This article was originally published July 17, 2014
by the Daily Independent, Ridgecrest, CA
Aaah, July in the desert…
Not my favorite time of the year here. It’s hot, it’s humid and downright miserable. So today I thought I would share a day trip to the Sequoia National Park’s Trail of 100 Giants up above Kernville. And hope to inspire you to get out of the desert for at least a short and much cooler respite.
I have always been inspired by the Redwoods. They are some of the oldest living beings on this planet. My first trip to the Sequoia’s was in 2011 and I keep going back over and over again.
The Western slopes of the Sierra Nevada in California at 5000 to 7000 feet elevation is the only place these trees are found; they are closely related to the Coast Redwoods which are located in Northern California, the Giant Sequoias are a little shorter with thicker trunks. They are all magnificent.
I like to leave early, before sunrise and get above our valley on Hwy 178 as the sun is coming up. This time of year the skies often have a few clouds in the air, just enough to create a dramatic sunrise over the valley. It is a wonderful way to start the trip and leaving the desert while it is still cool helps to ease you into a happy adventure.
There are 3 ways to get there from Ridgecrest, I like to go around Lake Isabella through Kernville, so I can start thinking about where I would like to stop on my way home for a treat. There are lot’s of options around Circle Park as well as antique shops and art galleries.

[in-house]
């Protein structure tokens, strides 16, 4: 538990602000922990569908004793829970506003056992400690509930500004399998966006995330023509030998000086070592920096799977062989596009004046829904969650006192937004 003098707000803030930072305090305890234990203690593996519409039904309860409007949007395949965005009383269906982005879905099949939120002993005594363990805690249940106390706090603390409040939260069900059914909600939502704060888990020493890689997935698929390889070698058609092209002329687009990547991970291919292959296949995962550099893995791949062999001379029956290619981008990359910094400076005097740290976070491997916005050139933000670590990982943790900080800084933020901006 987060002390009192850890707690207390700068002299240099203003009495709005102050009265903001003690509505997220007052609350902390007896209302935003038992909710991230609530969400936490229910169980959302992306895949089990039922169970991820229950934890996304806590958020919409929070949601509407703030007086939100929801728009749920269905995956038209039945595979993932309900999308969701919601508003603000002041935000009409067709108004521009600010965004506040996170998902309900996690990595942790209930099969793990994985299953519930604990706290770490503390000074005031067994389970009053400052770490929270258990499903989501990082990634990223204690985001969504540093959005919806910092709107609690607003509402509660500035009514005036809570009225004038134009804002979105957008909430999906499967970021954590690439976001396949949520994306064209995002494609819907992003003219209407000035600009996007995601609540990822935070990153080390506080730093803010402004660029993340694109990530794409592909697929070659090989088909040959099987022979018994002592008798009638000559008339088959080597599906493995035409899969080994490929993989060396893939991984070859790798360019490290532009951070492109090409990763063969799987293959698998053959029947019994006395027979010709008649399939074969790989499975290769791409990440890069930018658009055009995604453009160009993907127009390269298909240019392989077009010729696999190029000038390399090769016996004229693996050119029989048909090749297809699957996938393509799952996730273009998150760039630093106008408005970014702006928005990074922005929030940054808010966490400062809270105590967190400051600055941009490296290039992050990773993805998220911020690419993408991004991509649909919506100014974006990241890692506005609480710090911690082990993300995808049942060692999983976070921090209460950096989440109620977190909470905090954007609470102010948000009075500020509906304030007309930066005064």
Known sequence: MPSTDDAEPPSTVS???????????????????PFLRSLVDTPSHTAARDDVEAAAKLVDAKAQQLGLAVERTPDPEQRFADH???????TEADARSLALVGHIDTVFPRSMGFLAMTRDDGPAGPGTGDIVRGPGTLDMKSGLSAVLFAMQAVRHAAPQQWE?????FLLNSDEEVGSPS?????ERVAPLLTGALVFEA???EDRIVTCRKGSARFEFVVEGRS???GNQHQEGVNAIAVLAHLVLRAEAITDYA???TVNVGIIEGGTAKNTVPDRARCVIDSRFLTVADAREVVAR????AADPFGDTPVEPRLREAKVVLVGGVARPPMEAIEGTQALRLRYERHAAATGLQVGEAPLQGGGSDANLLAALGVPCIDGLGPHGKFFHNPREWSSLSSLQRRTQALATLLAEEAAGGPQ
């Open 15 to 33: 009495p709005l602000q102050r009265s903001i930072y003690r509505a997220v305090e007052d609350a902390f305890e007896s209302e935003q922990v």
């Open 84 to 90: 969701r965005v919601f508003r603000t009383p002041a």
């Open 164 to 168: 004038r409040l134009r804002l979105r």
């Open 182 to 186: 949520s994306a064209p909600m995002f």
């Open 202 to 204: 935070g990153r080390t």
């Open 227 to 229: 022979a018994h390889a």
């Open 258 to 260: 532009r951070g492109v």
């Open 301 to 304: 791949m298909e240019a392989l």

On leaving Kernville, you head north across the bridge, and take a left on Sierra Way which turns into Mountain 99. It is a winding narrow mountain road, so plan to take your time and enjoy the view. You will be traveling along side the Kern River, stop if you like at one of the campgrounds by the river and dip your toes in the icy cold water, but don’t get to far out, remember this can be a dangerous river, even when the water level is low as it is this year. Also along river you will pass the Kernville Trout Fish Hatchery, which you can stop and tour if you like, it is free.
Continue on across the Johnsondale Bridge, the higher up the mountain you go, the bigger the trees get and the forest gets thicker too. Watch for birds and deer and lot’s of other wildlife critters. On my latest trip, I had to stop twice for deer crossing the road.
Eventually the road changes to M-50, continue on until you get to M-90 and follow the signs to the Trail of 100 Giants. There is easy parking across the street from the trail in the day park. The cost per car is $5 and it is on your honor to put the money in the box. You can also pick up a printed guide sheet that gives you more information as you walk along the trail.
This is a wonderful park with a self guided, interpretive trail that is completely paved with easy access for wheelchairs, and strollers, and there are benches along the way, so everyone can enjoy the trip. There are also campgrounds and picnic areas. To find out more about what is available in the park here is Giant Sequoia National Monument website: www.gsnma.org
As you walk along the trails, there are informational guides that help you learn about these amazing trees, some of them over 1500 years old. The largest trees in this grove are 220 feet tall and 20 feet in diameter. These trees have very shallow roots that spread up to 100 feet across to help support the height of these giants. Some of them have fallen in heavy winds and are laying along or across the trails. Many of them have burn marks from fires and they often grow together to form rings, almost like a fairy ring. I found it incredible to stand in the midst of 5 giants 3 of which were completely connected at the base.
So here is one more adventure that makes Ridgecrest the perfect place to live. We are so close to so many wonders of the world. Give yourself a break and get out and enjoy. Memories are made from summer days like these!